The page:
Most Common Sexual Problems Couples Have In The Bedroom

This post was last updated on August 22, 2020 at 8:43 am.

Many couples who are married or in a relationship for a long time need help and have common sexual problems in the bedroom.

One of the best parts of being married or in a long-term relationship is your deep intimacy with your partner. Your masks are gone and you can be fully yourselves - in the bedroom and out.

On the other hand, being in a long-term relationship, whether married or not, has some sexual downfalls. Sex is often a big complaint. Here are the most common sexual problems that couples have in the bedroom and suggestions on how to improve the situation.

Problem: Sex is Boring. 

Solution: Add Adventure.

One of the most common sexual problems couples have in the bedroom is getting too comfortable, where sex becomes routine and you are stuck in a rut, where you always do the same thing day after day. Even worse is when there is NO sex at ALL. Without conscious effort, it's the same type of sexual play over and over with no variety or excitement.

That doesn’t have to be your fate though! With a little bit of effort, willingness to be curious, and patience to explore, your sex life can be intimate, exciting, and fulfilling for years to come.

Curiosity and exploration are the foundation of an amazing sex life that lasts.

Broadly, that means finding ways to add adventure to your relationship and sexual play. Practically, it means always asking, “What else?!” For example:

  • What else feels good? What else doesn’t?
  • What else turns you on? What else turns you off?
  • What else do you want to try?
  • What else is out there to try (sexually, romantically, etc)?

This little question is so powerful. It gets you thinking outside your sex box and gives your brain a problem to solve. Even when you aren’t actively thinking about it, your brain will be working behind the scenes to get you some answers!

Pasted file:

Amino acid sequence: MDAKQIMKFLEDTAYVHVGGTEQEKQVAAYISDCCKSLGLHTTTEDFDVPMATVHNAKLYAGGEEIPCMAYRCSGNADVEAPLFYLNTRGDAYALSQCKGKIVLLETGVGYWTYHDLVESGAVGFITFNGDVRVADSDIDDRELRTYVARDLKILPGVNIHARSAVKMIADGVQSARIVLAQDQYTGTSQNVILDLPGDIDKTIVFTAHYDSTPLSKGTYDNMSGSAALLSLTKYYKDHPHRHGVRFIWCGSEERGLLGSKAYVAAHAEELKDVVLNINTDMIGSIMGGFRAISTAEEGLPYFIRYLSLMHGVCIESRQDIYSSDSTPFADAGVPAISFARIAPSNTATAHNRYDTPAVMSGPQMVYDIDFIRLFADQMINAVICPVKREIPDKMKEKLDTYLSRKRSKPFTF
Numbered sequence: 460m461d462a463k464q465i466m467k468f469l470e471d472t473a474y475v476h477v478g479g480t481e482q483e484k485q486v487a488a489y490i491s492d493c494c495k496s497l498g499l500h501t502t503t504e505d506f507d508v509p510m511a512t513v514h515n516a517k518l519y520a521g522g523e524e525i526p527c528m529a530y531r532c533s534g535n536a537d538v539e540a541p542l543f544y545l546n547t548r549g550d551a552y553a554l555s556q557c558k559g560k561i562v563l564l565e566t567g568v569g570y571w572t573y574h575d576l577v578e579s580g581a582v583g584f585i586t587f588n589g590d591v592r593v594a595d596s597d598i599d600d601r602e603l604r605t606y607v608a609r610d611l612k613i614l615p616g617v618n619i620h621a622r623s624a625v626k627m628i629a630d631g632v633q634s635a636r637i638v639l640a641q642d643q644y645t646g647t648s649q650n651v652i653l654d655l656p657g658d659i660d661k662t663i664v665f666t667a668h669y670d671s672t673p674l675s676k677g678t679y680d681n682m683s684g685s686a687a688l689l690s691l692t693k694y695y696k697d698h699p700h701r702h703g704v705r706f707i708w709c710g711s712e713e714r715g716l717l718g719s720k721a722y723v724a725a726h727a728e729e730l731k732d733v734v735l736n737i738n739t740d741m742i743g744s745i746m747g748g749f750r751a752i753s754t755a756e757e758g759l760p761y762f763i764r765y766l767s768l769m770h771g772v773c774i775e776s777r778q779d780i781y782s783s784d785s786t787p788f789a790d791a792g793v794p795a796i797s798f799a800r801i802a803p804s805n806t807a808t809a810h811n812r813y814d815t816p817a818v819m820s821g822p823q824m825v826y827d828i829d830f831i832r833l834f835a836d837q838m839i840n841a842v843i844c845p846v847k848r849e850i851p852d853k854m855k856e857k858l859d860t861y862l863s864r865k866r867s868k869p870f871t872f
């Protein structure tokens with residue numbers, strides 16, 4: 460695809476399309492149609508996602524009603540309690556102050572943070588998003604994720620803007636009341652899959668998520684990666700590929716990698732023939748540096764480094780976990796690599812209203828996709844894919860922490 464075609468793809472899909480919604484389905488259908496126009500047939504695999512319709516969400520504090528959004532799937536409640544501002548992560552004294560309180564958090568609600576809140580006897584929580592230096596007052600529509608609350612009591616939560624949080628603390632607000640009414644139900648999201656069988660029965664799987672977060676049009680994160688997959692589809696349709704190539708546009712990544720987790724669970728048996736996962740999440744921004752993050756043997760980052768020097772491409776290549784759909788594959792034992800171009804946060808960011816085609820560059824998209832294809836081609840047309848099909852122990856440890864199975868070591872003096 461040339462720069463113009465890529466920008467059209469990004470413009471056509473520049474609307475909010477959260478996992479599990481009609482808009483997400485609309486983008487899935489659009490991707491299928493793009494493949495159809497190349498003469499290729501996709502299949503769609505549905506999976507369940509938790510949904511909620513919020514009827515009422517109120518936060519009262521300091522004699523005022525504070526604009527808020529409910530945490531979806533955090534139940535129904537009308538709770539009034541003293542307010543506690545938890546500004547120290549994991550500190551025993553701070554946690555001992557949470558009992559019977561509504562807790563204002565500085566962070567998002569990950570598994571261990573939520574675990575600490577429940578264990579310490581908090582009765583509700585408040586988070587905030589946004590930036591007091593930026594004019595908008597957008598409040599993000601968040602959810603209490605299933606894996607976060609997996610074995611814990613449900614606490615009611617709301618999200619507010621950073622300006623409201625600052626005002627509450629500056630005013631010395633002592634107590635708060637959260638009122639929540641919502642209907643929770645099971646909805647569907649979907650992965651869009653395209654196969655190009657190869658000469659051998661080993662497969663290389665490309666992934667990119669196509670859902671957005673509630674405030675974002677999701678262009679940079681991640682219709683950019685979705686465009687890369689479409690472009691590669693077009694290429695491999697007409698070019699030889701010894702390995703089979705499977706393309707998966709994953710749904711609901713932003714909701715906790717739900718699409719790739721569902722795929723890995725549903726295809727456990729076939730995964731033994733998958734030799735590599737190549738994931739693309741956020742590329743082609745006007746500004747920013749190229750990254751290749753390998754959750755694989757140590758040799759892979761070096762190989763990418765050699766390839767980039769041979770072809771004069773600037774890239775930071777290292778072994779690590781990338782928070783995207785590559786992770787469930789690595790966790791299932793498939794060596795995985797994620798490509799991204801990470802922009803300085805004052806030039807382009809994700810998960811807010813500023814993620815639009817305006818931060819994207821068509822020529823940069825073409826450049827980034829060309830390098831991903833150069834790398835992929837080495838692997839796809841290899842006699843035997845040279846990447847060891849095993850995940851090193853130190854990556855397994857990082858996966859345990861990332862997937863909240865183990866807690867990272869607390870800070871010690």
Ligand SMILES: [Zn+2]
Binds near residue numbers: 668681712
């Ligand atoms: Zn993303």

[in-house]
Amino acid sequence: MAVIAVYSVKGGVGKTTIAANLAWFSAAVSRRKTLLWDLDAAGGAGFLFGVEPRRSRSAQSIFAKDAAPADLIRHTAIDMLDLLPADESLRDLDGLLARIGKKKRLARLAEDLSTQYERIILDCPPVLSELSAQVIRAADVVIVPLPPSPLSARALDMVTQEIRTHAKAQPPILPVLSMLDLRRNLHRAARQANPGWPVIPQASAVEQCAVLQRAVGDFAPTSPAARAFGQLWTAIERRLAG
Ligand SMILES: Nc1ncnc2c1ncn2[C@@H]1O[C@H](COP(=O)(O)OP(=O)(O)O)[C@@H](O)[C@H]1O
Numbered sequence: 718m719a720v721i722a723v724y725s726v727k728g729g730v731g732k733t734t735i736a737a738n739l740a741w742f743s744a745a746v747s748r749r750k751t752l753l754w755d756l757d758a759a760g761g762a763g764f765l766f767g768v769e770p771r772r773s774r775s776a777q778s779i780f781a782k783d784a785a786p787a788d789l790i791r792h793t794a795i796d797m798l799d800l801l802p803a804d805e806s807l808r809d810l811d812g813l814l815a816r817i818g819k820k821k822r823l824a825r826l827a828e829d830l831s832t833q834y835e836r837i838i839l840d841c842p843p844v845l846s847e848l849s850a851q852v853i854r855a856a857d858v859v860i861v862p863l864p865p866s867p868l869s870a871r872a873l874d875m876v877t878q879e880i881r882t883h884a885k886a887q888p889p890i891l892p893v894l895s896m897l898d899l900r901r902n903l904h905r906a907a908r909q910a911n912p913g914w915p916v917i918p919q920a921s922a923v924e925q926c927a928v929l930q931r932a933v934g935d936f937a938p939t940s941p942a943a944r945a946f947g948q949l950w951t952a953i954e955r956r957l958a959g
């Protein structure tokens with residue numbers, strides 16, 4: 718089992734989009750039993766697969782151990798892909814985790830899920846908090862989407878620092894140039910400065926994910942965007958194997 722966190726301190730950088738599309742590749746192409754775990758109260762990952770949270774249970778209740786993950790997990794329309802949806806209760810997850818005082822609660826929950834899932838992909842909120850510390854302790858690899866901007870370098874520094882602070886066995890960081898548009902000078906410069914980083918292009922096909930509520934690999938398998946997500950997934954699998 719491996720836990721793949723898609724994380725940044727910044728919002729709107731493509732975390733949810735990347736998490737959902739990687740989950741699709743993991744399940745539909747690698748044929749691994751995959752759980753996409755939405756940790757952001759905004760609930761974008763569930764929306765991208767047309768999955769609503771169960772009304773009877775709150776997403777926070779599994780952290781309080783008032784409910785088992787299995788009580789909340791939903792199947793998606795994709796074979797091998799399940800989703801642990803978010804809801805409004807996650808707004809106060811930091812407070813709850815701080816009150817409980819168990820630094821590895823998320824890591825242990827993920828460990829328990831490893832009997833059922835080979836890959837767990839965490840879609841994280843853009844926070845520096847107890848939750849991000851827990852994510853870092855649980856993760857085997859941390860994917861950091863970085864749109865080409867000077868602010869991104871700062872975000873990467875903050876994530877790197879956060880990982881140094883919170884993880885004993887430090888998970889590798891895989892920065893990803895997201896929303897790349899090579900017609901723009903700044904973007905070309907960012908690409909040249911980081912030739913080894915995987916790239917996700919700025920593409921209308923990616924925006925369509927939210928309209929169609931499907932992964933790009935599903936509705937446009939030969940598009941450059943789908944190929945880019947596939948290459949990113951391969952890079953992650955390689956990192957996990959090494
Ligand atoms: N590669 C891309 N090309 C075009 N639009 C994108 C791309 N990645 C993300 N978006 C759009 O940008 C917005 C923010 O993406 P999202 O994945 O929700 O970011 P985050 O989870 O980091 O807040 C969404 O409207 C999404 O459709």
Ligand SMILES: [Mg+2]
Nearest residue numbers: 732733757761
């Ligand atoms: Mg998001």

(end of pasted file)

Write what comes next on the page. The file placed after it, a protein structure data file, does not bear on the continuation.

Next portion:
Boring or vanilla sex isn’t bad sex - but it shouldn’t be the only sex you have.

Boring or vanilla sex is a sign of deep intimacy and connection. You know each other’s bodies and what you like and don’t like. It’s beautiful. Yet, for most people, it isn’t enough. Give these steps a try from time-to-time, and see how your sex life flourishes.

Want to be more proactive? Here are 8 steps to get out of a sex rut and back to all the pleasure you deserve.

How to Get Out of a Sex Rut

1-Have the Talk. If your sex life is feeling less than what you desire, it’s time to talk to your partner. Use this article as an excuse a la, “Hey honey - I was reading this article about sex ruts today and wanted to talk to you about our sex life.”

For more tips on talking to your partner about sex, click here.

2-Figure out what you want to explore. Maybe you already have something in mind. If not, get inspired by reading this blog, shopping for luxury sex toys, or delving into a romance novel or erotic fiction (or 10).

Need even more inspiration? Here’s 16 Ways to Add Adventure to Your Sex Life.

3-Make a list of what you want to try - and have your partner do the same. You can have separate lists or create a shared Google doc to add to.

Don’t want to make your own list? Try a pre-made one like this one we love from Autostraddle.

4-Compare and talk about your lists. Where is there overlap? What needs to be negotiated? Is there anything that’s a hard no for one of you? What do you want to try first? Second? Third?